Mande Languages

Mande Languages
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Mande languages include about 40 languages spoken on the west coast of Africa. The total population of Mande languages speakers is about 25 million people who primarily live in southern and eastern Guinea, and southwestern Mali.  Nevertheless, speakers of Mande languages can also be found in regions situated close to western Ivory Coast, western Liberia, eastern Sierra Leone, southern Senegal, Gambia, Guinea-Bissau, and southern Mauritania. Also, there are some small populations of speakers in western Burkina Faso, in the northern regions of Ghana, Togo and Benin, as well as in southwestern Niger and northwestern Nigeria.

Despite the fact that Mande languages are often classified as a branch of the Niger-Congo language family, more and more linguists believe that it is an independent family. The thing is that Mande languages have a unique noun-class system and there is no ancestor language in the Niger-Congo family. That is why many authors define Mande languages as a separate family of languages.

Mande languages are generally divided into two groups. They are a western group which includes 27 languages and an eastern group which includes 13 languages.

The most significant languages of the western group include Bambara spoken by more than 4 million people in Mali, East Maninkakan spoken by 3,5 million people in such countries as Guinea, Mali and Sierra Leone, Dyula spoken by about 2,5 million people in Burkina Faso and Ivory Coast, Sonike spoken by 2 million people in Gambia, Senegal, Mali and Mauritania, and Mende spoken by 1,5 million people in Siera Lione. Other important languages of the western group include Mandika, Kpelle, Susu, West Maninkakan, Bobo, Kuranko, Mahou, Marka, Kono, Jenaama, Lomo, Loko, Vai, and Bozo.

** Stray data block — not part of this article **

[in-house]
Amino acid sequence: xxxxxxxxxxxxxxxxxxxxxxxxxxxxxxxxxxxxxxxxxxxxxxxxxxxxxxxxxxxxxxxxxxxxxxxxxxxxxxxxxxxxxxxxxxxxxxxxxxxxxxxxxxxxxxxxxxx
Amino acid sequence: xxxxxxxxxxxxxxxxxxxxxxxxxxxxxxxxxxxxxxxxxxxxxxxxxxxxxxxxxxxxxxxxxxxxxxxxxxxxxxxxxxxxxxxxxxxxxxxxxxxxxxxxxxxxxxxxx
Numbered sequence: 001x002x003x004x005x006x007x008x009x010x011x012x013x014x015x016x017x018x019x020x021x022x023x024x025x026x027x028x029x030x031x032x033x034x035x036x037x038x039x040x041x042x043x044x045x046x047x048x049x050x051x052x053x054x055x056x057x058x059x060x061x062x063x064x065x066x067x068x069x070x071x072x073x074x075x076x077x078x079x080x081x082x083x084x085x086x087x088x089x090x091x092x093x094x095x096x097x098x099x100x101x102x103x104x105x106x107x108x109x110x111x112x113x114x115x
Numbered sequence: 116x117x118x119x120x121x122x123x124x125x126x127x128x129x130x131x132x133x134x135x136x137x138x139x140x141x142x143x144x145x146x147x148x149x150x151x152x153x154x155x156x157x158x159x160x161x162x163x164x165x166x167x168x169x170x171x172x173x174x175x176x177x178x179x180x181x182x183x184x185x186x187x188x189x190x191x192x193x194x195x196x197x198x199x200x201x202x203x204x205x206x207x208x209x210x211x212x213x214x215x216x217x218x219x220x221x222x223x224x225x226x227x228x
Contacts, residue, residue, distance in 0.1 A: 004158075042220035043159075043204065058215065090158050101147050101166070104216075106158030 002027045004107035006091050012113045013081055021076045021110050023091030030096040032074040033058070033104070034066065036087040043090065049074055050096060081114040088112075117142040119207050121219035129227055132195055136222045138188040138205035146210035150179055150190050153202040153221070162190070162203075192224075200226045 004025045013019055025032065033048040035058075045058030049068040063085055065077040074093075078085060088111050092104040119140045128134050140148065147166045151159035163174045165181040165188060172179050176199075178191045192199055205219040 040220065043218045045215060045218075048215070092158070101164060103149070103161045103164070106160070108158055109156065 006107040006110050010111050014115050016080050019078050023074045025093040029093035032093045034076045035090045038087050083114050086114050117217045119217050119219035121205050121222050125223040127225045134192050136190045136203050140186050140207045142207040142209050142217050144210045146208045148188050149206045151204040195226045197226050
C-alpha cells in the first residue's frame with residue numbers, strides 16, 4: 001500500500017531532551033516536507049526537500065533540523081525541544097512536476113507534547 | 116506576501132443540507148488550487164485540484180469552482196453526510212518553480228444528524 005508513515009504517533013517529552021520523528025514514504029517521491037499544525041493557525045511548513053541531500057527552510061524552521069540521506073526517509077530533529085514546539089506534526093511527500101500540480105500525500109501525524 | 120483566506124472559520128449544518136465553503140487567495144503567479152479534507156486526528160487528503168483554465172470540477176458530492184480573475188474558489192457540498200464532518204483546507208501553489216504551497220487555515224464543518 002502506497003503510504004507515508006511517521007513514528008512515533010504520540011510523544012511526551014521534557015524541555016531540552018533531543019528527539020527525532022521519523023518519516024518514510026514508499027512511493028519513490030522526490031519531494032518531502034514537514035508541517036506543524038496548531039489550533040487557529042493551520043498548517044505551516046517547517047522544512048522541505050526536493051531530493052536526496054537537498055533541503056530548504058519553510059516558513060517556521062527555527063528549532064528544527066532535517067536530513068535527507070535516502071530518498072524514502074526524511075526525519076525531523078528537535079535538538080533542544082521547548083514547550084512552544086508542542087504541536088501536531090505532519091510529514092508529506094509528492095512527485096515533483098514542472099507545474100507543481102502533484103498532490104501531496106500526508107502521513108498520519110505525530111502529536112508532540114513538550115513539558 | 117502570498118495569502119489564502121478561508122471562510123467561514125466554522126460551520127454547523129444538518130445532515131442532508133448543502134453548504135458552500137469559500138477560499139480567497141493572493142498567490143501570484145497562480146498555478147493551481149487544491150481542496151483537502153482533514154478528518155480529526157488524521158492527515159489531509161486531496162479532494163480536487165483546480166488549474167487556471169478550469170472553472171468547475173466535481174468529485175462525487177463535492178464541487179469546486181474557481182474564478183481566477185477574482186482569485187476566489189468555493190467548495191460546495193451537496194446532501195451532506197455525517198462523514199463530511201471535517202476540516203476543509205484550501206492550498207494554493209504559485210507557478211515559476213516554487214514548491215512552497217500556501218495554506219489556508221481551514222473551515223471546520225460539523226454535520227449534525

The most important languages of the eastern group include Dan spoken by 1,6 million people in Ivory Coast and Liberia, Bisa spoken by 700,000 people in Burkina Faso and Ghana, Kweni spoken by 500,000 people in Ivory Coast, Mano spoken by 390,000 people in Liberia and Guinea, and Samo spoken by 250,000 people in Burkina Faso.

When it comes to the written form of Mande languages, it varies. Some languages use the Ajami script, some are based on the Latin-based script. Also, with the beginning of the 19th century, some indigenous writing systems were developed for some Mande languages. In the most cases, such systems were created syllabic. Examples of such systems are Vai created in the 1830s, Mende in 1921, Kpelle and Loma in the 1930s. Nevertheless, there is also an alphabetic system which indicates tones. It is known as N’ko and is used to write in Bambara, Maninkakan, and Dyula.